Walnut trees are waking. There are catkins. Soon leaves will appear. Once the leaves form into a ‘praying ‘ form, its time to spray copper to curb blight. I went looking for the sprayer yesterday to check it was functioning. It has sat at the back of the shed since last December. I found it wedged behind the harvester, the shaker, the lawn mower, a bin trailer and the fan for the new drying bins.
I think it is important to risk boring you with the tedious tale of how I overcame these obstacles.
All of these barriers to the simple extraction of the sprayers should not have posed a problem. That is not my experience of commencing any new task – one step forward and five steps back.
The shaker and the forklift to shift the fan had flat batteries. The shaker had lain dormant for months and the voltage has seeped away. The forklift reflects a more insidious concern which it shares with our tractor. If I leave the key in the ignition overnight in the off position, as is normal practice in the country, though we do lock doors and windows at night, but not in the day, the battery flattens. A flat battery is a minor irritant now that we have the superconductor jumper leads from our local legitimate auto-electrician ‘Hotwire’.
With the forklift jump started I moved the fan. The bin trailer, I attached the rusty chain, bought at the local farmers’ market recently, to the forklift and dragged it away for later attention.
I used the jumper leads on the shaker. Its cummins engine growled to life. A joy stick lifts the grappling arm into the air. Forward and reverse is a see-saw accelerator. Left down is forward: right down back. Or is it? In a tight shed, the difference matters. I reversed it out and out of the way.
That left the harvester obstructing the sprayer by millimetres. Rather than attempting to squeeze by, I took the safe option. Moving the harvester requires attaching a very heavy metal collar to the lifting forks at the back of the tractors. That done, the collar must be lined up with the linkage of the harvester, by gently reversing the tractor and a bolt dropped into place at the appropriate time. Its a two person job. But pulling the harvester out of the shed I noted that the front wheels did not always clear the undulating ground. Correcting that could wait till I finished with the sprayer.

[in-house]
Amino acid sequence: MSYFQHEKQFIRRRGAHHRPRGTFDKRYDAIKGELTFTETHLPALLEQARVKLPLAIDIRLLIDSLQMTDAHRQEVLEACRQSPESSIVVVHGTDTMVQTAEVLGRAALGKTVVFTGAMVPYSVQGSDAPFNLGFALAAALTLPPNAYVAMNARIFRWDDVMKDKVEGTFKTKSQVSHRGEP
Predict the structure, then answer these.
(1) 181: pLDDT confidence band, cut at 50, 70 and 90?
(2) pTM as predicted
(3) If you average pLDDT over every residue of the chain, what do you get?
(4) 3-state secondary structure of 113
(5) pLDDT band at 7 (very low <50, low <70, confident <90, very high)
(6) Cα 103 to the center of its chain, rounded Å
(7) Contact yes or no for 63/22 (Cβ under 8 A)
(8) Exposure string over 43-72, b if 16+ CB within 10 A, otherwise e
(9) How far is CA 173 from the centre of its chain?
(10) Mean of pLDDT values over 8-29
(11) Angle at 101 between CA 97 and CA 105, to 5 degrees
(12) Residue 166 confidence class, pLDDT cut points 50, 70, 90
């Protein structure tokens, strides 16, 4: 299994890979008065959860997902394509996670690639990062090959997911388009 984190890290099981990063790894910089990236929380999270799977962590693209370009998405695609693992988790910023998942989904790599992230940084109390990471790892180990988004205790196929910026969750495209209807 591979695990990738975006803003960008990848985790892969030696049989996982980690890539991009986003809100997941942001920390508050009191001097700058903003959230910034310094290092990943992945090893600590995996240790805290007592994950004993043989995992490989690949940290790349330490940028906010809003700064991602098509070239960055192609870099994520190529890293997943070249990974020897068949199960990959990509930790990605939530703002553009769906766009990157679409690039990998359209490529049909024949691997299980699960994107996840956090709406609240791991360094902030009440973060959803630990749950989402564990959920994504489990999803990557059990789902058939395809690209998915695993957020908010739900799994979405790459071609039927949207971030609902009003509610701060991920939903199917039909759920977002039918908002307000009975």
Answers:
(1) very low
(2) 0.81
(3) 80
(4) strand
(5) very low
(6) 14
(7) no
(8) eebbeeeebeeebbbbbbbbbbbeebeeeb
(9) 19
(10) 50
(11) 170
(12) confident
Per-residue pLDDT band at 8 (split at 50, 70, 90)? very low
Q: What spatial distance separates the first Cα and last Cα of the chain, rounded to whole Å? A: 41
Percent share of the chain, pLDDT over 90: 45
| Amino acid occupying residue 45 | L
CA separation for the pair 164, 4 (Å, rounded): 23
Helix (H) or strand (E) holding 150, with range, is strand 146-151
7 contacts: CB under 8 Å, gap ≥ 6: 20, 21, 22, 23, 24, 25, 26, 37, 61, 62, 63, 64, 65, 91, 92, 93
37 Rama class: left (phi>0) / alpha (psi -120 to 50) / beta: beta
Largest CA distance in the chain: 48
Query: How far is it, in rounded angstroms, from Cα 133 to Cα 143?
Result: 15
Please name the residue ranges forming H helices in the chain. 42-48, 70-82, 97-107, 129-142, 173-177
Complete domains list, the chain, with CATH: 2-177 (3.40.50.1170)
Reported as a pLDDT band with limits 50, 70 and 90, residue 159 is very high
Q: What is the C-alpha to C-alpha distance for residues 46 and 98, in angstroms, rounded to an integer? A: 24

The sprayer was now accessible, but the tractor still had the collar in place behind. Rather than disconnecting it from the harvester, I tried delinking it from the tractor. I would need to come back for the harvester and put it back in the shed, so leaving the collar with it made sense. The process proved simple. Now, to move the sprayer requires the connection of a tow-bar to the tractor. The mechanical link was established, the jockey wheel raised and the electronic wiring connected. The sprayer was pulled clear of the shed and the PTO engaged. When the switches on the control box were flicked on, fine spray shot from each of the nozzles at the rear of the sprayer. Success. I returned the sprayer to an empty shed and reversed into its own bay, not to be blocked during its months of use till December.
Running the shaker’s engine for thirty minutes had recharged the battery. It took its place at the back of the shed, not needed till April next year.
The harvester posed two problems. I could ignore one but chose to not. I needed to adjust the tractor’s lifting forks so that the front wheels of the harvester would clear the ground easily. The mechanisms on the threaded supporting arms of the forks exhibited revered Japanese asymmetry. One could be adjusted easily. The other required the removal of a bolt distally. I tried to calculate if shortening or lengthening the arm would produce the desired result, knowing that once the collar was connected to the harvester, adjustment would prove difficult, especially the distal adjustment on the left arm. I chose lengthening and reconnected the collar to the tractor with difficulty. Needless to say, I had made the wrong decision. The arm needed shortening. The right arm was easy. I could not now access the distal bolt on the left arm as it occluded by the collar. There was a proximal bolt, untouched in years, moderately rusted, that eventually agreed. Shortening did the job by centimetres.
Next, I removed the flat tyre on bin trailer, took it to the repairer; and now, today, I am off to collect it before the AFL Grand-Final between Sydney and Hawthorn.